Why HCR Helps Obama Abroad I

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That was my core thesis in the Sunday Times last Sunday. Gideon Rachman echoes the theme:

Of course, there is no direct connection between the renewal of Mr Obama’s domestic political momentum and his chances of success in foreign policy. But there is an indirect connection. Put crudely, the passage of healthcare reform makes Mr Obama look like a winner rather than a loser. It also shows that he is tenacious and that his stubbornness can pay dividends.

Healthcare looked like a lost battle – but it turned out just to be a long battle.

Foreign leaders who have written off Mr Obama’s chances of succeeding on the big international issues – Afghanistan, the Middle East, climate change, Iran – will now have to consider the possibility that the president’s persistence might ultimately deliver success. That increases the likelihood that leaders who are wavering will listen and try to work with him.

It may also make foreign leaders who are inclined to thumb their nose at the president think twice. This is not a great week for Mr Netanyahu to arrive in Washington – where he is scheduled to speak to the annual conference of the American Israel Public Affairs Committee (Aipac). If healthcare reform had collapsed in Congress, the Israeli prime minister might have been emboldened to try to rally US opposition to the Obama administration’s Middle East policies. But now that the president has a following wind, confronting him looks riskier.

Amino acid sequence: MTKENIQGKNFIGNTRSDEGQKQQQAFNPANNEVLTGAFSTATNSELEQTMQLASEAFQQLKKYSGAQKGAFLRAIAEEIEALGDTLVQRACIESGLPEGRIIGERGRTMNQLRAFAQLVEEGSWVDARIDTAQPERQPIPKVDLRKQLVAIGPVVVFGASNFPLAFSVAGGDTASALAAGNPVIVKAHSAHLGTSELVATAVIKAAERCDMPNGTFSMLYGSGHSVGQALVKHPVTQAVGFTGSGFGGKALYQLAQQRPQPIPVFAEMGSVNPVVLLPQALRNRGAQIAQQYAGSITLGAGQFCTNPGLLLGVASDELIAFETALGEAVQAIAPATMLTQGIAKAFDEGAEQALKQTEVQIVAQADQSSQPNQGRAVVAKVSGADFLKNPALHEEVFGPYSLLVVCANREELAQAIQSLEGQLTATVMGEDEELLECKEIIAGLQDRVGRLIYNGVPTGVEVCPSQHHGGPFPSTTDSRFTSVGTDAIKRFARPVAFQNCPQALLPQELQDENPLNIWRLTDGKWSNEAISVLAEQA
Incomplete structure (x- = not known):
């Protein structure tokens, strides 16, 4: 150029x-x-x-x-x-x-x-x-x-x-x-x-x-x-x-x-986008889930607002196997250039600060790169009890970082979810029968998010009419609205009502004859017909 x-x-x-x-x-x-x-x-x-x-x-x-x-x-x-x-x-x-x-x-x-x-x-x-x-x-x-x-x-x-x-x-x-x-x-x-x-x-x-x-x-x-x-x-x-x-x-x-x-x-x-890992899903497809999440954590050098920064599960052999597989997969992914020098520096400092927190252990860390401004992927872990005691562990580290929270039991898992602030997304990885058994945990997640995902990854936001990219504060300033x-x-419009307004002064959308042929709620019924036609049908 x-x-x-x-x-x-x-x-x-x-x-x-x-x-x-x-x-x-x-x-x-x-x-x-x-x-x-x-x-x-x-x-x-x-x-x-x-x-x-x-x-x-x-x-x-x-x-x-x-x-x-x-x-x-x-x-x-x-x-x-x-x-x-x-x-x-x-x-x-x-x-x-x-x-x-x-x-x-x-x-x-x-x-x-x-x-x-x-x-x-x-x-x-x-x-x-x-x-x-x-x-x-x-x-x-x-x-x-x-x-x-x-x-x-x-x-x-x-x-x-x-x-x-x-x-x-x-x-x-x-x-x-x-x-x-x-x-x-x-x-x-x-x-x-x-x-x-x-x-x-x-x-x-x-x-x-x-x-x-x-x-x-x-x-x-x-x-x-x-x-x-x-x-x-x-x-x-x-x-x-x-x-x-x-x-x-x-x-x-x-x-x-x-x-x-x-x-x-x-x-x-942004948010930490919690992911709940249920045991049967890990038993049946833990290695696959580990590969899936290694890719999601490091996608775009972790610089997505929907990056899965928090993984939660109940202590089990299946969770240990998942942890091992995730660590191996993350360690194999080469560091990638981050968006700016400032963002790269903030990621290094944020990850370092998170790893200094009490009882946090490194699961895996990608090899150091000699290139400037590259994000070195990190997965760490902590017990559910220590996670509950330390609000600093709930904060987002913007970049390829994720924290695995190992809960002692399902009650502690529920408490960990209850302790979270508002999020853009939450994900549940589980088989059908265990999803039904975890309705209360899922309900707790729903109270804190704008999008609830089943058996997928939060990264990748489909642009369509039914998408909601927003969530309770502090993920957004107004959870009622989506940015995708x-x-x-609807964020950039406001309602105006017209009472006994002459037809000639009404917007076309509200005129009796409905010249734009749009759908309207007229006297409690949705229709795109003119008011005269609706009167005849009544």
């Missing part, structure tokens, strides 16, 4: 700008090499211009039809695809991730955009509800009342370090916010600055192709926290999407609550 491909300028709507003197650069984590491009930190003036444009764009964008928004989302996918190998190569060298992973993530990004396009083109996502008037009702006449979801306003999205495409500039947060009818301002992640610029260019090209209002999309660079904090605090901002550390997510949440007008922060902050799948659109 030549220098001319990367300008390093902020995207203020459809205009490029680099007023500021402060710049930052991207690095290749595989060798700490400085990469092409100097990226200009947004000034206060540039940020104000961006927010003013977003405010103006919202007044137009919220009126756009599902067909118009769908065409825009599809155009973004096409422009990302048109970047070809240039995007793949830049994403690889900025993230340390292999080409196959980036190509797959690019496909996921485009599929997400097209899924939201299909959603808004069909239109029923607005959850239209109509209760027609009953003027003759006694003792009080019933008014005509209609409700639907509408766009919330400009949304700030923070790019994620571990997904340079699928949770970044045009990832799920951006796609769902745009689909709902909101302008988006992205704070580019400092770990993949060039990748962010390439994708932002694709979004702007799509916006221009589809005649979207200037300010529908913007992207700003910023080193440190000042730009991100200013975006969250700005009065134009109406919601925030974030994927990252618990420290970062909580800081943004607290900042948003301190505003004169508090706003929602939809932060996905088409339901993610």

Success over healthcare may also encourage fickle pundits (I include myself among them) to take a more balanced view of Mr Obama’s first year in office. The administration did, after all, avert the threat of a complete meltdown of the banking industry. The US economy is now growing at an annualised rate of almost 6 per cent a year – much faster than any comparable western economy.

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